The May 8th act provided for the copper cent proof the founding fathers knew something other than gold and silver is money. The fact these acts passed and have been updated and replaced as necessary proves the US Constitution left open the possibility for other commodities to be used as money this includes paper.

The act defines proportional value. Fifteen (15) units of pure silver were deemed equal to one (1) unit of pure gold. Standard gold was deemed 11 parts of pure gold and 1 part of a silver-copper alloy. Standard silver was defined as 1485 parts pure silver and 179 parts cooper alloy. The silver content of a dollar was to be equal to one-fifth of the silver in a British pound and four (4) British shillings of the day.

Accounting (money of account) was to be in terms of dollars, “dismes” (tenth of dollars), cents (100th of dollars) and milles (1,000th of a dollar). This is why property taxes are expressed in millage today.

A person was to be able to bring his gold or silver to be minted into coins “free of expense.” This was a way of increasing the money supply without the government actually buying gold and silver bullion.

The consequence of the 1792 acts was that many US coins were taken overseas for melting. This resulted in the 1834 act that adjusted their weight and sizes, which had to be done again in 1853.

Money is a commodity that is generally accepted as a medium for exchanging goods and services. If it stops being generally accepted it is no longer money regardless of what it is made of. If money or former money is made of something with intrinsic value it will maintain whatever intrinsic value that particular commodity is valued at given a point in time.

This is why the US Silver Eagles today have a spot price $14 but a legal tender value of $1. This legal tender vs. intrinsic value was even true of the Coin Acts of 1792. The coins authorized by those acts did not have the same proportional intrinsic value in terms of the legal tender they were minted. So the only difference between a paper US Dollar and a Silver Dollar is in its intrinsic value. We all know that. This makes a paper US dollar no less Constitutional than the relationship of a $10 gold piece to 10 silver dollars to 1000 copper pennies. All of these legal tender values were set by fiat in 1792. Their intrinsic value varied then as they do now. If the Founding Fathers could/did set the intrinsic value of 1,000 pennies made of 17.1 grams ea. of copper equal to 10 dollars of 27 grams ea. of silver equal to one $10 coin of 17.5 grams of gold in 1792.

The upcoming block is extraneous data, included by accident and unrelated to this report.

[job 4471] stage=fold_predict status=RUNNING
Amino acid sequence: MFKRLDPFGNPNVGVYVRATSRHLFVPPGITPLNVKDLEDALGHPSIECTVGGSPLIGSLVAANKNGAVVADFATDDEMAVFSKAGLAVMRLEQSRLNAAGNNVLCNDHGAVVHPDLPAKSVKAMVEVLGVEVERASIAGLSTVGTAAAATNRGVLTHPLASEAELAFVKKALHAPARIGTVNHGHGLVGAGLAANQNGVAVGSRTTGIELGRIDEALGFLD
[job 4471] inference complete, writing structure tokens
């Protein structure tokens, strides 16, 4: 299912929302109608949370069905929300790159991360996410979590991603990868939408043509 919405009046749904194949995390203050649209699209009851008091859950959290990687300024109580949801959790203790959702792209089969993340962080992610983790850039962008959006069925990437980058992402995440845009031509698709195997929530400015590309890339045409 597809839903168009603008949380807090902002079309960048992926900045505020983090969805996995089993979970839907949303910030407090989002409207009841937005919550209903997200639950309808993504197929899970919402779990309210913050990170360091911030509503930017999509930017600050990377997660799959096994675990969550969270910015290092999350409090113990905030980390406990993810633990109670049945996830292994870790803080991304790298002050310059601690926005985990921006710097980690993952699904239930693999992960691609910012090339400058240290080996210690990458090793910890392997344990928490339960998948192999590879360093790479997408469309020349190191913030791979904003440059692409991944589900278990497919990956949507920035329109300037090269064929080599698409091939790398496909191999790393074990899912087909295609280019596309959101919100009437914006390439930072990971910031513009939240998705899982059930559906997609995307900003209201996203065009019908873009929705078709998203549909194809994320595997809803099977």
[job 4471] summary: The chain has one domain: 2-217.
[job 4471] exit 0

Making paper money legal tender today is not un-Constitutional.

Congress has the authority to, "To coin Money, regulate the Value thereof, and of foreign Coin, and fix the Standard of Weights and Measures;" I see nothing there prohibiting issuing paper money as a representation of coined money. You can take your paper money and exchange it for coins.

Is it unconstitutional for the Federal government to write a check if it owes you money? The US Constitution means what it says. I think Roger Sherman tried to get inserted into the Constitution that paper money could not be issued and failed. Yet he signed it anyway. So he must have given in contrary to his preferences.

The US Constitution means what it says. It does not mean what this man and that man and another man said he intended it to say or mean. Using the words of the US Constitution and Acts passed in accordance with the US Constitution prove paper money is Constitutional.
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Old 11-25-2018, 10:38 PM
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Or the milkman, delivering to the door in glass containers. Or party lines. Payphones. B/W TV.
We have gone back to tv antennas so you just never know huh?
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Old 11-26-2018, 02:54 AM
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We have gone back to tv antennas so you just never know huh?
No. Who is this we you speak of?
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Old 11-26-2018, 07:54 AM
Florida Jean Florida Jean is online now
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I know people with exterior TV attennas. I use an interior one -- if that is hard to understand, I don't use cable. I get enough over-the-air stations.